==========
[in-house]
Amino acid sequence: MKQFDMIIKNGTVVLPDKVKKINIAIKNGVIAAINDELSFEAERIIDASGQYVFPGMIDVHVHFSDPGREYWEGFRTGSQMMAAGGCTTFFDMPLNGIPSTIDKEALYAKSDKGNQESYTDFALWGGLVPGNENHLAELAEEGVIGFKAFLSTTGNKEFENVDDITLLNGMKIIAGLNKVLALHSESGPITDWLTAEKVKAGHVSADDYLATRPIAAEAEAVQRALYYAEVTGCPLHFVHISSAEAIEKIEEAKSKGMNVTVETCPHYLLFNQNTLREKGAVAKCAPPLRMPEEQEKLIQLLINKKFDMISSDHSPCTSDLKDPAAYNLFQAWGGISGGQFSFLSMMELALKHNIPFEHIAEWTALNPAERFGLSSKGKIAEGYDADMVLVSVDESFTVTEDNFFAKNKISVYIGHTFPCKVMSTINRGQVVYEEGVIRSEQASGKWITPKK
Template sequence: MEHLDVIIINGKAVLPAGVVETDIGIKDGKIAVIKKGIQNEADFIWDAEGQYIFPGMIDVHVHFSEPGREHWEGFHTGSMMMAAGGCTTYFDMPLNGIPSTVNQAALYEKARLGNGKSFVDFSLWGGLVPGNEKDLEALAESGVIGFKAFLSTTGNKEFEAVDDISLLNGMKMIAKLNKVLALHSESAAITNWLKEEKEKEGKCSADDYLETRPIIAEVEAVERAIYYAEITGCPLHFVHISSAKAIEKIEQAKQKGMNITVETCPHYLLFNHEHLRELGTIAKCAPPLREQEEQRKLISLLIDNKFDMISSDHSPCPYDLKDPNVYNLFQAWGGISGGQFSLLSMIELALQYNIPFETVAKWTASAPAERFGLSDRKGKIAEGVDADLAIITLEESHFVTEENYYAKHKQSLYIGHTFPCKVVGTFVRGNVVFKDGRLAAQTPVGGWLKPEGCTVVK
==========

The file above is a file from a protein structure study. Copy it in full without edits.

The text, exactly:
[in-house]
Amino acid sequence: MKQFDMIIKNGTVVLPDKVKKINIAIKNGVIAAINDELSFEAERIIDASGQYVFPGMIDVHVHFSDPGREYWEGFRTGSQMMAAGGCTTFFDMPLNGIPSTIDKEALYAKSDKGNQESYTDFALWGGLVPGNENHLAELAEEGVIGFKAFLSTTGNKEFENVDDITLLNGMKIIAGLNKVLALHSESGPITDWLTAEKVKAGHVSADDYLATRPIAAEAEAVQRALYYAEVTGCPLHFVHISSAEAIEKIEEAKSKGMNVTVETCPHYLLFNQNTLREKGAVAKCAPPLRMPEEQEKLIQLLINKKFDMISSDHSPCTSDLKDPAAYNLFQAWGGISGGQFSFLSMMELALKHNIPFEHIAEWTALNPAERFGLSSKGKIAEGYDADMVLVSVDESFTVTEDNFFAKNKISVYIGHTFPCKVMSTINRGQVVYEEGVIRSEQASGKWITPKK
Template sequence: MEHLDVIIINGKAVLPAGVVETDIGIKDGKIAVIKKGIQNEADFIWDAEGQYIFPGMIDVHVHFSEPGREHWEGFHTGSMMMAAGGCTTYFDMPLNGIPSTVNQAALYEKARLGNGKSFVDFSLWGGLVPGNEKDLEALAESGVIGFKAFLSTTGNKEFEAVDDISLLNGMKMIAKLNKVLALHSESAAITNWLKEEKEKEGKCSADDYLETRPIIAEVEAVERAIYYAEITGCPLHFVHISSAKAIEKIEQAKQKGMNITVETCPHYLLFNHEHLRELGTIAKCAPPLREQEEQRKLISLLIDNKFDMISSDHSPCPYDLKDPNVYNLFQAWGGISGGQFSLLSMIELALQYNIPFETVAKWTASAPAERFGLSDRKGKIAEGVDADLAIITLEESHFVTEENYYAKHKQSLYIGHTFPCKVVGTFVRGNVVFKDGRLAAQTPVGGWLKPEGCTVVK